A geologist would describe a sinkhole as a large depression formed by subsiding (sinking) ground. In prehistoric times, natural forces caused most sinkholes. Cave-ins, quicksand, and landslides are related phenomena.
Here's the common source of natural sinkholes. Rainwater picks up carbon dioxide from the atmosphere, which makes it slightly acidic. The water then passes through soil, encounters soluble rocks, and dissolves pockets that weaken them. The resulting porous bedrock is called "karst."
Karst occurs in both evaporite (salt, gypsum) and carbonate (limestone) rock strata. More than one quarter of the world's population either lives on karst or drinks groundwater from it. In the U.S., 20% of the land surface is karst. Karst aquifers supply almost half (40%) of American drinking water. Karst topography creates the fantastic landscapes of places like Mammoth Cave, Carlsbad Caverns, the Shenandoah Valley, and Yosemite.
From the first water wells and outhouses to contemporary hydraulic-fractured natural gas wells, human digging has also induced sinkholes. Particularly vulnerable: poorly graded land after excavation, rerouted surface water, water impoundment, roadways that have settled unevenly, underground piping, collapsed septic and underground fuel tanks, water main breaks, dredging, blasting areas, unstable dams, underground mines (especially coal), overpumped water wells, brine wells, and fossil fuel wells, both producing and abandoned.
As well as increasingly acid rain, anthropogenic climate changes associated with earth vibration, rising sea levels, and permafrost melting can also sink land. The risk most imminently threatens low-lying islands and flat coastal plains.
In the United States, formerly glacial areas like New Hampshire, Minnesota, and Oregon have few karst areas. However, other regions are particularly vulnerable. Texas, Alabama, Missouri, Kentucky, Tennessee, and Pennsylvania all have numerous sinkholes. Louisiana is pockmarked with them.
Florida, site of last week's fatal residential collapse, is often characterized as having more of them than any other state: 15,000 verified at last count. One of the most productive aquifers in the world lies below the state. An area of about 100,000 square miles (reaching into southern Alabama, southeastern Georgia, and southern South Carolina as well as containing all of Florida) holds this vast supply of groundwater. It serves the large cities of Savannah and Brunswick, Georgia and Jacksonville, Tallahassee, Orlando, and St. Petersburg, as well as smaller communities in between.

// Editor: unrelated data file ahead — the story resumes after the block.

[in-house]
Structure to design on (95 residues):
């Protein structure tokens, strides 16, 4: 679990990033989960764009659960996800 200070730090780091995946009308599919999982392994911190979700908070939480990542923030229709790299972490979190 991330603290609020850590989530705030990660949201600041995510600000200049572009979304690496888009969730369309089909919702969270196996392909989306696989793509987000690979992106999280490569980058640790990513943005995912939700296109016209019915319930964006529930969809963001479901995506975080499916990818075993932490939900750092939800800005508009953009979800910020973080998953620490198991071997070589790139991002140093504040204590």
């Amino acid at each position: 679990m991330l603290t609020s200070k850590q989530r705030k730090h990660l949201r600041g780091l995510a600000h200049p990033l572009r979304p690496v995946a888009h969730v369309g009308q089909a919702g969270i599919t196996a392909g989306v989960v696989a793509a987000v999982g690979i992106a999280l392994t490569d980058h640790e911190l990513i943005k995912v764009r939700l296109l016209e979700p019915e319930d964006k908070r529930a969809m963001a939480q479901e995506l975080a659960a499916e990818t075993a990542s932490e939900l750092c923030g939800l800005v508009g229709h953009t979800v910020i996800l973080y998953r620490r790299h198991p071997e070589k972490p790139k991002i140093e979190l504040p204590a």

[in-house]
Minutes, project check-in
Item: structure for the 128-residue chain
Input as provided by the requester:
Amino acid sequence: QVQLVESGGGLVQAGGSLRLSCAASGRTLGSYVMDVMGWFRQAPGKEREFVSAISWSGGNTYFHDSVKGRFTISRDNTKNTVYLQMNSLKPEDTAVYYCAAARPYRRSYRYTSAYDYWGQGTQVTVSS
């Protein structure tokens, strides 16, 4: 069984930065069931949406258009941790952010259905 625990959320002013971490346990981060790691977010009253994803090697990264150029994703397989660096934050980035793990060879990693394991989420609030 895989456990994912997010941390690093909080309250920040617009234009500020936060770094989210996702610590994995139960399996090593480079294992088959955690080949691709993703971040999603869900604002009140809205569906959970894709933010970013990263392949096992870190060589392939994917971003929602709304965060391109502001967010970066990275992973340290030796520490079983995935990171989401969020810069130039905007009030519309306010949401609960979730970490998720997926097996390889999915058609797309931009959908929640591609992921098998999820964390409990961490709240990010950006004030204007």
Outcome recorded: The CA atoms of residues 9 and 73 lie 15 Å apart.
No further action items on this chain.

Land development leads to more and more sinkholes and groundwater hazards in an area like this. Unfortunately, both ignorance and wilful cost-cutting limit our ability to plan around these hazards. Many new irrigation, building construction, infrastructure, and even mining projects do not adequately consider the problems sinkholes can cause.
And some of them simply defy an affordable fix.
“Sufficiently stable” is a criterion geologists often use to describe an area's potential for development. However, it applies only to existing conditions and is limited to current technology. Future technology and land uses cannot rely on measurements from the past. Environmental geologists at a U.S. Geological Survey conference in 2008 gave potent advice to excavators and builders: "Avoiding the most hazardous areas by preventive planning is the safest strategy for development in sinkhole-prone areas."
Florida's pressured government admits that "We do not have sufficient staff to visit all new sinkholes." Insurance claims from sinkholes in the state tripled between 2006 and 2010. Two years ago, the rapidly rising claims forced the Florida legislature to revise statutes related to residential insurance and property loss. The changes made it harder for property owners to claim damages from sinkholes, despite their increasing numbers.
Although we know that sinkholes can affect water supplies, groundwater effects and other hazards are still rarely quantified and poorly understood. And the Sunshine State is not the only one reaching new lows because of sinkholes.
Award-winning science writer Sandy Dechert covers developments and environmental issues in conventional, solar, wind, biomass, large and small hydroelectric, and geothermal energy. She detailed events and policy at last fall's 18th UN climate change summit meeting in Doha, Qatar. Sandy has also reported on extreme weather disasters, including superstorm Sandy, winter storm Nemo, and the massive summer wildfires of the past decade.
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